On the Death of Christ

And Other Atonement Writings

By John Davenant, translated and edited by Michael J. Lynch

$47.95 $35.95 (Pre-order discount)

Publication Date: March 25, 2024

About this book

For whom did Christ die?

John Davenant’s Death of Christ remains the most significant and comprehensive example of English hypothetical universalism. Coming on the heels of the Synod of Dordt, Davenant’s Death of Christ is a scholastic treatise dealing with the question of the extent of Christ’s atonement-for whom did Christ die? Avoiding both the Scylla of Arminianism and Charybdis of certain strands of Reformed theology, Davenant employs Scripture, reason, and testimonies from ecclesiastical history in defense of the so-called Lombardian formula: Christ died for all people sufficiently; efficaciously for the elect alone.

John Davenant’s On the Death of Christ, a classic of English Reformed thought on the atonement, is now available in a new translation by Dr. Michael Lynch–the first in modern English. This book also features two shorter letters which Davenant wrote on this topic to both the French Reformed churches and to Herman Hildebrand.


Hardback | 428 pp. | 6×9 | ISBN 978-1-949716-26-9 | PubliSHed March 25 2024

If you are interested in a bulk order please contact [email protected].


From the Book

“It is truly a matter of sorrow and great sadness that, either from the misfortune or the disease of our age, those mysteries of our religion made known to us for the peace and comfort of our souls are consistently made a topic of litigation and argument. Who could ever have thought that the death of Christ, which was designed to establish peace and destroy enmity, as the Apostle says in Eph 2:14, 17 and Col. 1:20–21, could have become such a fertile ground for begetting such quarrels? Yet, this situation seems to arise from the innate curiosity of human beings, who are more anxious to scrutinize the hidden purposes of God than to embrace the benefits openly offered to them. Accordingly, because there is so much bickering about the question of for whom did Christ die and for whom did he not die?, each of us spends too little time considering that the death of Christ ought to be applied to ourselves by a true and lively faith for the salvation of our own souls.”

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In On the Death of Christ John Davenant disentangles the doctrines of satisfaction and election, offering a sustained argument for the distinction between the sufficiency and efficiency of Christ’s saving work. Alongside a biblical/theological argument is a fascinating and sustained and positive engagement with Patristic theologians, medieval schoolmen, and “modern” Roman Catholics—a helpful addition to the history of the doctrine of the atonement within Reformed theology.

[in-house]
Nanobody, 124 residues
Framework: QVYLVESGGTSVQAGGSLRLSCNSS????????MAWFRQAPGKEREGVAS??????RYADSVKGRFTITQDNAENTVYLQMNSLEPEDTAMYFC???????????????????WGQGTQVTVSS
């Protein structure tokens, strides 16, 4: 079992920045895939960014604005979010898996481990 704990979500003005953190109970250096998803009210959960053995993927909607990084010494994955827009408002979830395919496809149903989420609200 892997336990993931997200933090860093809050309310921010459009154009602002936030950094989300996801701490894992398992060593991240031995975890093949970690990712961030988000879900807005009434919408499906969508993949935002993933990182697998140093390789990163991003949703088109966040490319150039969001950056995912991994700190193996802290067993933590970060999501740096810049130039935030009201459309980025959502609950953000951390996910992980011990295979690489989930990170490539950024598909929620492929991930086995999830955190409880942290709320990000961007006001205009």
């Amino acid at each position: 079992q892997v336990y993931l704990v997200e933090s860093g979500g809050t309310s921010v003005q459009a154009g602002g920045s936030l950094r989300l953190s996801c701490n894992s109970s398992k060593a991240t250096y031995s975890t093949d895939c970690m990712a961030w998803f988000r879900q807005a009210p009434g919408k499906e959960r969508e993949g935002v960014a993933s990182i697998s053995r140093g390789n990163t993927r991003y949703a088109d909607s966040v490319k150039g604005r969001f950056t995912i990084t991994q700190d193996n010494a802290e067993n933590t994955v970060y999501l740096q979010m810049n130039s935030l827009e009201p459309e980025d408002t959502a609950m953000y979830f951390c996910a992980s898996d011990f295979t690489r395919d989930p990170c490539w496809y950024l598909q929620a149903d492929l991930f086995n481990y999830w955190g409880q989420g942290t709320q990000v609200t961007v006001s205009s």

Adam J. Johnson, Associate Professor of Theology, Torrey Honors College, Biola University

TABLE OF CONTENTS

Introduction

A Dissertation on the Death of Christ
  1. On the Origin of the Controversy
  2. On the Death of Christ, as the Universal Cause of Salvation, Applicable to All Mankind
  3. Response to the Objections of Our Opponents
  4. The Second Thesis Stated, Explained, and Confirmed
  5. The Third Thesis Stated, Explained, and Confirmed
  6. The Last Thesis Stated, Explained and Confirmed
  7. Concerning the Death of Christ, As It Regards the Predestined Alone
Other Atonement Writings
  1. The French Theologians of the Reformed Churches
    Debate About the Will of God Towards Human Sinners
  2. Letter to Herman Hildebrand
About the Translator

Dr. Michael J. Lynch (PhD. Calvin Seminary) teaches Classical Languages and Humanities at Delaware Valley Classical School in New Castle, DE. He is also a teaching fellow at the Davenant Institute. He is the author of John Davenant’s Hypothetical Universalism: A Defense of Catholic and Reformed Orthodoxy (Oxford University Press, 2021).


Praise for this work

“Bishop John Davenant was one of the best moderate Calvinist divines of Stuart Anglicanism. His Dissertation on the Death of Christ is a classic. Yet it is not widely known today. For this reason, Dr. Michael Lynch is to be congratulated for preparing this new edition of the work for the Press, alongside some related writings that help throw light on the intellectual context in which Davenant laboured. I hope this volume receives the attention that it justly deserves.”

– Professor Oliver Crisp

Principal of St Mary’s College, Head of the School of Divinity, University of St Andrews

“This new translation by Michael Lynch of the classic work of John Davenant on the death of Christ is much to be welcomed. By way of four precise theses, scripturally supported and carefully argued, Davenant offers a way of navigating both the universal and the particular dimensions of the atonement that is both judicious and insightful. Lynch has done the contemporary reader a great service, providing a crisp and clear translation that will give them much to ponder as they consider this central doctrine of the Christian faith.”

– Paul T. NimMO

King’s Chair of Systematic Theology, University of Aberdeen

“John Davenant’s classic treatise on the extent of the atonement has long lingered in a twilight zone of semi-availability for most readers: a dated translation in archaic type face, appended to a two-volume commentary. Only the most motivated students would ever finish this reading, no matter how crucial it may prove to be for their theological interests. Lynch offers us now an edition that sets a clean, smooth translation in the midst of clear references and helps. An essential tool for pondering the atonement as Christ’s universal remedy for fallen human nature, while recognizing the ordained limits of its application”

– Fred Sanders

Torrey Honors College, Biola University

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